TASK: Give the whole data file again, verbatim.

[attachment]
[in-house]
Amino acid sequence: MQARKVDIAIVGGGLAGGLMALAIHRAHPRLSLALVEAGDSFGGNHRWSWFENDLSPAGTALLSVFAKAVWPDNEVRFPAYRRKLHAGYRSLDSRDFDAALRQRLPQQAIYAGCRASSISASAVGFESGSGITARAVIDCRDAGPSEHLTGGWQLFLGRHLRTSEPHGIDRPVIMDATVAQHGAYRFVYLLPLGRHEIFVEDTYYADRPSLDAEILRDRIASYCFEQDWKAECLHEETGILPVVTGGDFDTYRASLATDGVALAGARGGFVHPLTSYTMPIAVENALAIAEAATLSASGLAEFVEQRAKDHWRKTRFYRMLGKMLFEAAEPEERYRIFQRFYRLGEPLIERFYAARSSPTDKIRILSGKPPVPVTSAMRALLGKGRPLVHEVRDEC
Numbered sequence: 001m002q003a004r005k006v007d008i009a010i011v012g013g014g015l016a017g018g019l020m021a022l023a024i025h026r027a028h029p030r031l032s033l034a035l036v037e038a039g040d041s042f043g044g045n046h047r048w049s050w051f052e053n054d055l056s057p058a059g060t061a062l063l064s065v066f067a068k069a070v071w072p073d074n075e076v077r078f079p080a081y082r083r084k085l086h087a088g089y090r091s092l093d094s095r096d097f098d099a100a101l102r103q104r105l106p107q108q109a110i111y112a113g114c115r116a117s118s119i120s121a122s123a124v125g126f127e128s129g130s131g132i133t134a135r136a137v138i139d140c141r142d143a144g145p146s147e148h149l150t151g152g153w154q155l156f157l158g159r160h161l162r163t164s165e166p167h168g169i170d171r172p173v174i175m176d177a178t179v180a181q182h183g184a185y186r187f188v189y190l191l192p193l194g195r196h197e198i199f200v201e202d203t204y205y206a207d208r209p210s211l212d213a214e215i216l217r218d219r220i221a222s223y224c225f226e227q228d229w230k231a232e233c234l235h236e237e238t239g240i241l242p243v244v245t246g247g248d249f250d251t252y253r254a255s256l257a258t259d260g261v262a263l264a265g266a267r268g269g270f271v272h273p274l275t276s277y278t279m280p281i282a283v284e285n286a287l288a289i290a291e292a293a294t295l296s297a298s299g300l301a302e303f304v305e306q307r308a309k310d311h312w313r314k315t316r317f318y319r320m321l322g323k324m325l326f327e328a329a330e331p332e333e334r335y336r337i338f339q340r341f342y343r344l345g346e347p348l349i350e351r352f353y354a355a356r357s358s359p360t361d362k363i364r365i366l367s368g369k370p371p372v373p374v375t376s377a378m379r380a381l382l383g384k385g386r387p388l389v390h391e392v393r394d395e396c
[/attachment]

[in-house]
Amino acid sequence: MQARKVDIAIVGGGLAGGLMALAIHRAHPRLSLALVEAGDSFGGNHRWSWFENDLSPAGTALLSVFAKAVWPDNEVRFPAYRRKLHAGYRSLDSRDFDAALRQRLPQQAIYAGCRASSISASAVGFESGSGITARAVIDCRDAGPSEHLTGGWQLFLGRHLRTSEPHGIDRPVIMDATVAQHGAYRFVYLLPLGRHEIFVEDTYYADRPSLDAEILRDRIASYCFEQDWKAECLHEETGILPVVTGGDFDTYRASLATDGVALAGARGGFVHPLTSYTMPIAVENALAIAEAATLSASGLAEFVEQRAKDHWRKTRFYRMLGKMLFEAAEPEERYRIFQRFYRLGEPLIERFYAARSSPTDKIRILSGKPPVPVTSAMRALLGKGRPLVHEVRDEC
Numbered sequence: 001m002q003a004r005k006v007d008i009a010i011v012g013g014g015l016a017g018g019l020m021a022l023a024i025h026r027a028h029p030r031l032s033l034a035l036v037e038a039g040d041s042f043g044g045n046h047r048w049s050w051f052e053n054d055l056s057p058a059g060t061a062l063l064s065v066f067a068k069a070v071w072p073d074n075e076v077r078f079p080a081y082r083r084k085l086h087a088g089y090r091s092l093d094s095r096d097f098d099a100a101l102r103q104r105l106p107q108q109a110i111y112a113g114c115r116a117s118s119i120s121a122s123a124v125g126f127e128s129g130s131g132i133t134a135r136a137v138i139d140c141r142d143a144g145p146s147e148h149l150t151g152g153w154q155l156f157l158g159r160h161l162r163t164s165e166p167h168g169i170d171r172p173v174i175m176d177a178t179v180a181q182h183g184a185y186r187f188v189y190l191l192p193l194g195r196h197e198i199f200v201e202d203t204y205y206a207d208r209p210s211l212d213a214e215i216l217r218d219r220i221a222s223y224c225f226e227q228d229w230k231a232e233c234l235h236e237e238t239g240i241l242p243v244v245t246g247g248d249f250d251t252y253r254a255s256l257a258t259d260g261v262a263l264a265g266a267r268g269g270f271v272h273p274l275t276s277y278t279m280p281i282a283v284e285n286a287l288a289i290a291e292a293a294t295l296s297a298s299g300l301a302e303f304v305e306q307r308a309k310d311h312w313r314k315t316r317f318y319r320m321l322g323k324m325l326f327e328a329a330e331p332e333e334r335y336r337i338f339q340r341f342y343r344l345g346e347p348l349i350e351r352f353y354a355a356r357s358s359p360t361d362k363i364r365i366l367s368g369k370p371p372v373p374v375t376s377a378m379r380a381l382l383g384k385g386r387p388l389v390h391e392v393r394d395e396c